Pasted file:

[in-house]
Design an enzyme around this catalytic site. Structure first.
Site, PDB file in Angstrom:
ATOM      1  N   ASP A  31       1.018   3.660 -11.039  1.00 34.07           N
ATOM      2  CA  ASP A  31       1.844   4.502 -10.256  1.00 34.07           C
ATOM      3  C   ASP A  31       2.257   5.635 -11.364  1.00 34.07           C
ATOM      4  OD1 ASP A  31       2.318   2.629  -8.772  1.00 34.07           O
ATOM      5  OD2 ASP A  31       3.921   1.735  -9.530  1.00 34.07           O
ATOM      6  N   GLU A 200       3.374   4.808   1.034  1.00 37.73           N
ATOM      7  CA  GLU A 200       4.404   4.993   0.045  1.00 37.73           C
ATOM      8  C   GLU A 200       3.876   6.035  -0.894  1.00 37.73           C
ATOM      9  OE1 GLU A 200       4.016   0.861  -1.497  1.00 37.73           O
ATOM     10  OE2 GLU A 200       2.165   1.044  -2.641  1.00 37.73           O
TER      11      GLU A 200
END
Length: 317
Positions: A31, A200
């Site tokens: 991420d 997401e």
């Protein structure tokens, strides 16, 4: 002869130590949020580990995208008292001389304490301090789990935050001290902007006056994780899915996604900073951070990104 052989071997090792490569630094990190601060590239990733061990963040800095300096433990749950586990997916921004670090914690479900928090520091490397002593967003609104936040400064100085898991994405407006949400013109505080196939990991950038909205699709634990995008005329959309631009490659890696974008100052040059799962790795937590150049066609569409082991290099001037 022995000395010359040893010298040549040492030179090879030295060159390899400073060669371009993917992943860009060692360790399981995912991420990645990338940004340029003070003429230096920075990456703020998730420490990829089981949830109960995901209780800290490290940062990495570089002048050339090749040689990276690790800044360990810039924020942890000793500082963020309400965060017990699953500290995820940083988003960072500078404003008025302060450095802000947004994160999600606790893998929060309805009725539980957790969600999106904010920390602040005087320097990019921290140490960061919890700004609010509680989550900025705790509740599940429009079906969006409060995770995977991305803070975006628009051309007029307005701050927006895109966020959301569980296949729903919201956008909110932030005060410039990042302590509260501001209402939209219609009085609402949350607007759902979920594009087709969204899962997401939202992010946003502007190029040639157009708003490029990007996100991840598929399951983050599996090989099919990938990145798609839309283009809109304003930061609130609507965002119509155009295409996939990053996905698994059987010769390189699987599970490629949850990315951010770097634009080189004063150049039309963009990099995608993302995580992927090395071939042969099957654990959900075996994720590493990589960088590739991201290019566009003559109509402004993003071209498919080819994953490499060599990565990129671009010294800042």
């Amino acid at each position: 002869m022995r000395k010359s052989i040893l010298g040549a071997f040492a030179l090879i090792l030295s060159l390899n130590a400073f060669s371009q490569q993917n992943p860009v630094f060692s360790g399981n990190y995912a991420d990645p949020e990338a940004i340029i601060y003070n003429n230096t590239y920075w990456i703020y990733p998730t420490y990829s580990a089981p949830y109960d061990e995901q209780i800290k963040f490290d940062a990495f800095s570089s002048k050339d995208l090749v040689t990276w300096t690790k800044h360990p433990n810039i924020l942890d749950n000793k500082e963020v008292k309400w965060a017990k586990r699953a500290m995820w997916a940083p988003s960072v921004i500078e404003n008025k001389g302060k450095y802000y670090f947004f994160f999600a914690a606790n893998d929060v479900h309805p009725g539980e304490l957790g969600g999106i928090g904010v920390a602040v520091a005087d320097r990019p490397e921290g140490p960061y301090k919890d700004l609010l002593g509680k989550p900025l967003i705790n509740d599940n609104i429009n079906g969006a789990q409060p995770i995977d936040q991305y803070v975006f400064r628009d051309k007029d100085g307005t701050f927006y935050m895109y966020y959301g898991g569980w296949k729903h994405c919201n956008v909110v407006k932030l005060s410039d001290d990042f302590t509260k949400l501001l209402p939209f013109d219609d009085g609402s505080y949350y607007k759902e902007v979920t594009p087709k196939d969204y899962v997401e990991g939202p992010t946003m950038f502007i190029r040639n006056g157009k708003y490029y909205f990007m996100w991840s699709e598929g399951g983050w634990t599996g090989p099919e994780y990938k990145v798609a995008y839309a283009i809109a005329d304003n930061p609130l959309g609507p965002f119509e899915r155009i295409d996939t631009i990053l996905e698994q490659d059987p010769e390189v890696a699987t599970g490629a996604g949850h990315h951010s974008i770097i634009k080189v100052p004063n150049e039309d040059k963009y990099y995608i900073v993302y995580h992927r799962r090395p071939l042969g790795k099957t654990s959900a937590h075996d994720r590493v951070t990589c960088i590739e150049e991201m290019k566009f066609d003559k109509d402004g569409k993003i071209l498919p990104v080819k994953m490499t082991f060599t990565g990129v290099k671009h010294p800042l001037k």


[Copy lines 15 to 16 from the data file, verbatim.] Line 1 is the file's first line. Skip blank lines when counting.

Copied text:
END
Length: 317